In a separate action, United States v. Gladden, No. 11CR119, defense counsel has raised a similar challenge to the DNA analysis of the Erie County laboratory. A hearing was scheduled in Gladden until the Government moved for reconsideration (Gladden, Docket Nos. 39, 41, 45), with any hearing in Gladden to be scheduled with one in this case if hearings are called for in both cases (id., Docket No. 45).


I. Daubert Standard

Daubert and its progeny held that Federal Rule of Evidence 702 imposes " a special obligation upon a trial judge," Kumho Tire, supra, 526 U.S. at 147, to "ensure that any and all scientific testimony or evidence admitted is not only relevant, but reliable," Daubert, supra, 509 U.S. at 589 (emphasis added). Justice Blackmun defined the issue in Daubert as the Court determining "the standard for admitting expert scientific testimony in a federal trial," id. at 582. In Daubert, the expert testimony was introduced in support and in opposition to a summary judgment motion, see id. at 582-83. In Kuhmo Tire, defendant moved to exclude the deposition testimony of plaintiff's expert, 526 U.S. at 142, 145. The decision to admit expert testimony is "left to the broad discretion of the trial judge and will be overturned only when manifestly erroneous," McCullock v. H.B. Fuller Co., 61 F.3d 1038, 1042 (2d Cir. 1995).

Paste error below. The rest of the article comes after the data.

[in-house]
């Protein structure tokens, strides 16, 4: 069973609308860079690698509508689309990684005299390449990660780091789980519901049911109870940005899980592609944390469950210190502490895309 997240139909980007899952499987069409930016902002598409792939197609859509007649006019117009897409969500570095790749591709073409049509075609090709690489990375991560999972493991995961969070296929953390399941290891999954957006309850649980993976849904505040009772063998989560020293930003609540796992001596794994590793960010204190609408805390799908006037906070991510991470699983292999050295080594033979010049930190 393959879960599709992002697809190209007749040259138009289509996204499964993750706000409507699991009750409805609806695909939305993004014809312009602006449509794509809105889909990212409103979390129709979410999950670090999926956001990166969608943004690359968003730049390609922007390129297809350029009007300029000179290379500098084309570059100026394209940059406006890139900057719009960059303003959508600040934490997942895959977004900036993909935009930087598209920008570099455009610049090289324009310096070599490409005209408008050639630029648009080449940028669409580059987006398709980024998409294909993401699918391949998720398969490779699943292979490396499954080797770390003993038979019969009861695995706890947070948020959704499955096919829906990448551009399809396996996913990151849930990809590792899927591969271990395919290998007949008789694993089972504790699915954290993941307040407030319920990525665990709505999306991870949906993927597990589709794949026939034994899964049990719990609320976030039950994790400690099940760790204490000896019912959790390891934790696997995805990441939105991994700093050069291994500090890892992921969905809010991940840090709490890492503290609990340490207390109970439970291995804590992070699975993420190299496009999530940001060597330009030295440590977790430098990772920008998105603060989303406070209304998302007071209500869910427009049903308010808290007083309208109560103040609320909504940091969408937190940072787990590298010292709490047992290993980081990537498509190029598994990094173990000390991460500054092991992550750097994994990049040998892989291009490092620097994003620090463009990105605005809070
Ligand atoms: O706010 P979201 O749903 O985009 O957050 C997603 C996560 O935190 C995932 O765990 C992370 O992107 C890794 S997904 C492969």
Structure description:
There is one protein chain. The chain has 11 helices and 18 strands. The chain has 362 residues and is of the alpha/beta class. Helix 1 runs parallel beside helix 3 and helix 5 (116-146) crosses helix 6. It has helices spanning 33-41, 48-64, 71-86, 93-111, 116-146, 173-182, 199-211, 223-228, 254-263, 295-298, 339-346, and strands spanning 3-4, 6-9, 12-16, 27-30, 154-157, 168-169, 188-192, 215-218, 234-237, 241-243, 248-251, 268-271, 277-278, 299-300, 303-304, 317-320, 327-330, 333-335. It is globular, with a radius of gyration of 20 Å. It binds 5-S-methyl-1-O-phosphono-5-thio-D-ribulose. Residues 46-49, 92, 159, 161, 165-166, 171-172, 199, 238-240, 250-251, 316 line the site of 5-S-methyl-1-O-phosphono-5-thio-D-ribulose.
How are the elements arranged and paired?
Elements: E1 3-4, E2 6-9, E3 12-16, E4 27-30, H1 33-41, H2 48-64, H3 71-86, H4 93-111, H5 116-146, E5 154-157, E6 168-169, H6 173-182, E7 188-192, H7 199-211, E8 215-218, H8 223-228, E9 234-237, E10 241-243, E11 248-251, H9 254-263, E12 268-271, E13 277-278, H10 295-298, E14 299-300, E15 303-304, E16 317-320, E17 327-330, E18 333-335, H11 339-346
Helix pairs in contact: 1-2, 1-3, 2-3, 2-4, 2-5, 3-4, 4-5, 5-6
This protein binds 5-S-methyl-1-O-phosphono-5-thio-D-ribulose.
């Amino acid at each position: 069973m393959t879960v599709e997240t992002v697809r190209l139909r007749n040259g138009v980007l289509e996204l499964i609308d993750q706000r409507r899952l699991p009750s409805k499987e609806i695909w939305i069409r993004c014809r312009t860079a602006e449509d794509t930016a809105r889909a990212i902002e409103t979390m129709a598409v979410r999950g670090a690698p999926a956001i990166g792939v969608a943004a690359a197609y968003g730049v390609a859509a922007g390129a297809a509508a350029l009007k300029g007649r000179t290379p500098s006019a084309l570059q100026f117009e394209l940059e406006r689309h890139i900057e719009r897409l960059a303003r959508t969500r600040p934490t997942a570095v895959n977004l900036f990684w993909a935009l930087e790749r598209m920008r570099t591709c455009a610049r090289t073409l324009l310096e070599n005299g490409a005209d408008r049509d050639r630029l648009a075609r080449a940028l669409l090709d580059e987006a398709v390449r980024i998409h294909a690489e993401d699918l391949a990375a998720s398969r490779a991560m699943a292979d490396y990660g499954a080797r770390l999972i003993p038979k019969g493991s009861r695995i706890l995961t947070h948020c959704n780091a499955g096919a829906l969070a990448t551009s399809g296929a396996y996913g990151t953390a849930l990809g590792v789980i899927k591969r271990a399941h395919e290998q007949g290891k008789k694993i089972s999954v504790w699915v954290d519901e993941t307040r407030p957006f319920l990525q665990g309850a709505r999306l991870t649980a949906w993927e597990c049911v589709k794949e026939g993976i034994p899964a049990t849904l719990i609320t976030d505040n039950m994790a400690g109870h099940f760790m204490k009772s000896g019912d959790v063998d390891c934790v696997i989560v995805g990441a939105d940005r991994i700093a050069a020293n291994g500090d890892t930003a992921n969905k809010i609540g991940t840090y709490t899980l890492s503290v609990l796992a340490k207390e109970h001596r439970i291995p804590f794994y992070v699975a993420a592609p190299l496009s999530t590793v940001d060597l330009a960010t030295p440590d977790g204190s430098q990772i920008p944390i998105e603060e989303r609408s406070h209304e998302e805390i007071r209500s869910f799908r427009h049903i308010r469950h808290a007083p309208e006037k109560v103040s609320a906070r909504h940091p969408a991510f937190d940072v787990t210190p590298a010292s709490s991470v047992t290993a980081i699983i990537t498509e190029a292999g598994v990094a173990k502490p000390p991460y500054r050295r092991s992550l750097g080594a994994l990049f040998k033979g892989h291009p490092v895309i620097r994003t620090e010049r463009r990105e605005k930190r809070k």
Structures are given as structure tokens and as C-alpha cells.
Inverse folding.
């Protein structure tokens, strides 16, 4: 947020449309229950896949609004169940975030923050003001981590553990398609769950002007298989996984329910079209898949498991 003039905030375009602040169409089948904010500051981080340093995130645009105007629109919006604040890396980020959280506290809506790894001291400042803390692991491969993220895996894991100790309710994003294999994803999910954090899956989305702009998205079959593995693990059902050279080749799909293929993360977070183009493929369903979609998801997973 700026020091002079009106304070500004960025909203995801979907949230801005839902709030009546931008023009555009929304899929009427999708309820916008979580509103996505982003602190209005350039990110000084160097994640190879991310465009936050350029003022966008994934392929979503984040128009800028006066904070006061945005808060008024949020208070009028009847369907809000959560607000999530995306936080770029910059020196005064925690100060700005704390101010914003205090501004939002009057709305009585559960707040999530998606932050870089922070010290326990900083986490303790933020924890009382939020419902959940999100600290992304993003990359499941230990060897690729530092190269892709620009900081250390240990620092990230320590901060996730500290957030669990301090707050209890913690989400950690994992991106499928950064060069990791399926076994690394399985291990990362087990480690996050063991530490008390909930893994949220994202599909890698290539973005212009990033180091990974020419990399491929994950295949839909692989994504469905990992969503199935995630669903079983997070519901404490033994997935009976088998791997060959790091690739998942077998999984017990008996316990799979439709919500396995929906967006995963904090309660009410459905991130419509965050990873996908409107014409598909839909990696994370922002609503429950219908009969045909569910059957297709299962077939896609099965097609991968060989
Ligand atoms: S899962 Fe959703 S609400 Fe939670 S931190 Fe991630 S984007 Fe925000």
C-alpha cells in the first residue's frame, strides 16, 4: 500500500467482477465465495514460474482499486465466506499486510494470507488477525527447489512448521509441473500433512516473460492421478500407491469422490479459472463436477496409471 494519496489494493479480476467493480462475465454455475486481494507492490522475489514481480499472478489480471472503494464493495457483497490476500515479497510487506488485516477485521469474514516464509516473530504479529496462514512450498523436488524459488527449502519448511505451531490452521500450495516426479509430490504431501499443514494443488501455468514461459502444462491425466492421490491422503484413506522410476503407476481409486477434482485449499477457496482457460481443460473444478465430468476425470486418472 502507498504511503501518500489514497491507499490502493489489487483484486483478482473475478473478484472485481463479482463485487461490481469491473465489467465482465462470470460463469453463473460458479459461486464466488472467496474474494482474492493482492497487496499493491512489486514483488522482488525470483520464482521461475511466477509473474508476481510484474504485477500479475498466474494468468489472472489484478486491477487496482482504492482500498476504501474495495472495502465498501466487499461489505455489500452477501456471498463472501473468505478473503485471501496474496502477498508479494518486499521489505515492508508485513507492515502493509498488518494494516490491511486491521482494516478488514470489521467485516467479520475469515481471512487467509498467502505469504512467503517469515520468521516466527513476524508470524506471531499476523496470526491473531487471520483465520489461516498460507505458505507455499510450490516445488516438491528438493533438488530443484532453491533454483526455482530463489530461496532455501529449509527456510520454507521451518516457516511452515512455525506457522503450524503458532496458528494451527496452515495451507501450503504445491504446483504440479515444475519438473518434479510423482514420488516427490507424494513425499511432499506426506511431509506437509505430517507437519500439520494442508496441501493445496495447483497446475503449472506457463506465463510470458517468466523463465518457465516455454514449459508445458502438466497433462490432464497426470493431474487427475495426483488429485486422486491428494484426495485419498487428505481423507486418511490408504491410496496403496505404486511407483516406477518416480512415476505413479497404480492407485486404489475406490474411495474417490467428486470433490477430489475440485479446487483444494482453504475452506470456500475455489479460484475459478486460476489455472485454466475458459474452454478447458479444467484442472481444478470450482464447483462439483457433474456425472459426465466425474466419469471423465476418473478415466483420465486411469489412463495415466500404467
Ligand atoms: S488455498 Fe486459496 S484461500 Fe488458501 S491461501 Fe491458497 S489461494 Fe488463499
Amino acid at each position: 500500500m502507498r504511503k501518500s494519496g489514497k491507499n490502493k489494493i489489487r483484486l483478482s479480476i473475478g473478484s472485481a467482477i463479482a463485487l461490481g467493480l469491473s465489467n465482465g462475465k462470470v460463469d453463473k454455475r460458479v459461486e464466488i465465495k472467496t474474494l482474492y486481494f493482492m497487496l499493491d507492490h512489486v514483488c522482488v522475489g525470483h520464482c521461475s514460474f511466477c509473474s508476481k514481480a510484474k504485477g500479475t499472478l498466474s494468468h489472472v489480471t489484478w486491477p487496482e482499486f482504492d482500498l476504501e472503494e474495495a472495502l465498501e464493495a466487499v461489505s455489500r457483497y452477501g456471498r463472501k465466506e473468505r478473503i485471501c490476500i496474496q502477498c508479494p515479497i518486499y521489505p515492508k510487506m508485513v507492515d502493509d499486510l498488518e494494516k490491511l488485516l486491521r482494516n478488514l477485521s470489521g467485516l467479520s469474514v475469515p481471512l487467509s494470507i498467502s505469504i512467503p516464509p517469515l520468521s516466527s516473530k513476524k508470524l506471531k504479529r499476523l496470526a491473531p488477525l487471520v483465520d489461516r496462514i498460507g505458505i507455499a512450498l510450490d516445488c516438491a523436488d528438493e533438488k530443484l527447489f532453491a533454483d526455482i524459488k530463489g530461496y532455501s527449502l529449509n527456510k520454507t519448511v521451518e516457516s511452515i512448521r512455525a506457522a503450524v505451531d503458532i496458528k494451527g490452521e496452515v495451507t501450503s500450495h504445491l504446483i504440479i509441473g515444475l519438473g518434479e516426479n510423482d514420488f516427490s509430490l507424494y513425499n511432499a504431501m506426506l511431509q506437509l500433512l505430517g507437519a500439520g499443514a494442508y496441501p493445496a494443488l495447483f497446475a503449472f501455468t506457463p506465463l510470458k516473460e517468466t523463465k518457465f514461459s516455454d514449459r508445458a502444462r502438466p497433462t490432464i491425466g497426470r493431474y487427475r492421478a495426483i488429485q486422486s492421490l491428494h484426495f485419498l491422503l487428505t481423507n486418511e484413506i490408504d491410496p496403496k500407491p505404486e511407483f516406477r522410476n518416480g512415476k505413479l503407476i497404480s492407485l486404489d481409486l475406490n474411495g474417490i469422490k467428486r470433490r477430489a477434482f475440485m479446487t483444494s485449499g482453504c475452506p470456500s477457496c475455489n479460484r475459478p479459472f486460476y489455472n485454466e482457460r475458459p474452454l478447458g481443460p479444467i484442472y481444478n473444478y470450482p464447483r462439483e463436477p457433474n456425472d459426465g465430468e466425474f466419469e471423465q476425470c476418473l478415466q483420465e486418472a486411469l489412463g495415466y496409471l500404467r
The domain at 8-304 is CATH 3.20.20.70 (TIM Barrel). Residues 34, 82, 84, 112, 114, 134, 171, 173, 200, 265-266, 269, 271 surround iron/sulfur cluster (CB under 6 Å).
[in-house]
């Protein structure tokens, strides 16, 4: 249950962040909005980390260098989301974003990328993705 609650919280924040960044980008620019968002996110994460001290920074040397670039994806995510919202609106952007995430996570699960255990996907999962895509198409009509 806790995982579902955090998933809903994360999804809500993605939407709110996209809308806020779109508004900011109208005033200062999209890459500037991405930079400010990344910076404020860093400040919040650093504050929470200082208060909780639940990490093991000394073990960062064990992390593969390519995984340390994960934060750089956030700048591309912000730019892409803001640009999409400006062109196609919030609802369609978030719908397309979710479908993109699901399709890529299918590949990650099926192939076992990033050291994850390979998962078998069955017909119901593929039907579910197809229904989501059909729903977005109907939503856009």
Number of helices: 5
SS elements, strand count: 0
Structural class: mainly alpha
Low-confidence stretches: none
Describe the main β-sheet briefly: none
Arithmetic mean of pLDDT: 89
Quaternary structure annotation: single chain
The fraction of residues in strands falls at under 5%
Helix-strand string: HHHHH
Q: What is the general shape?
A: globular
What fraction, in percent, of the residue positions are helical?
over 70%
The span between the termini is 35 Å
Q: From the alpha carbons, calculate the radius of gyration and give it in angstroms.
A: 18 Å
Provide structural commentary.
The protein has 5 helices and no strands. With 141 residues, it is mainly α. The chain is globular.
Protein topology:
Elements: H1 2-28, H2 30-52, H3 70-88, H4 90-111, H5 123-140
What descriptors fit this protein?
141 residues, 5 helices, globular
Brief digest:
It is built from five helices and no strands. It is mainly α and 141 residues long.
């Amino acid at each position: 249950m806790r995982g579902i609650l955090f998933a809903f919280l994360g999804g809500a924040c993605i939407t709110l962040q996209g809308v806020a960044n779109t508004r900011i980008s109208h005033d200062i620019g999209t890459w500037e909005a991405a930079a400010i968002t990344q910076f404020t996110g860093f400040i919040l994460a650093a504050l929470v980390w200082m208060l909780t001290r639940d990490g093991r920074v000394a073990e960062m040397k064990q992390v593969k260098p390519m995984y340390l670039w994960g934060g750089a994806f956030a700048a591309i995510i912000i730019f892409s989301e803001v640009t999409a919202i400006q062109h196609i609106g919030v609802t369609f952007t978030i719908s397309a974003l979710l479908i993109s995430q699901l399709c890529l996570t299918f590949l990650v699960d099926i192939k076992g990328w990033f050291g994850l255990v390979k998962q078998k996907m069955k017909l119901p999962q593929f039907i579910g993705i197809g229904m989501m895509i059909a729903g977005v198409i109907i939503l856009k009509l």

II. Application

Defendants seek a hearing on the ultimate admissibility of the expert opinion of the Erie County Forensic Laboratory on its conclusions about DNA tested on the shotgun obtained from the back seat of the vehicle Gonzalez was driving and in which Osorio was a passenger (Docket No. 15, Osorio Memo. in Support of a Daubert Hearing at 1). The Government responds that defendants challenge the expert's opinions and, as such, goes to the weight of that testimony and not its admissibility (Docket No. 23, Gov't Reply in Opposition to Def.'s Supplemental Motion for a Daubert Hearing, at 7), see McCullock, supra, 61 F.3d at 1043, 1044. A Daubert hearing goes to the admissibility of the expert's opinion, see Fed. R. Evid. 702; Daubert, 509 U.S. at 582, 585, and not to the weight that opinion should receive.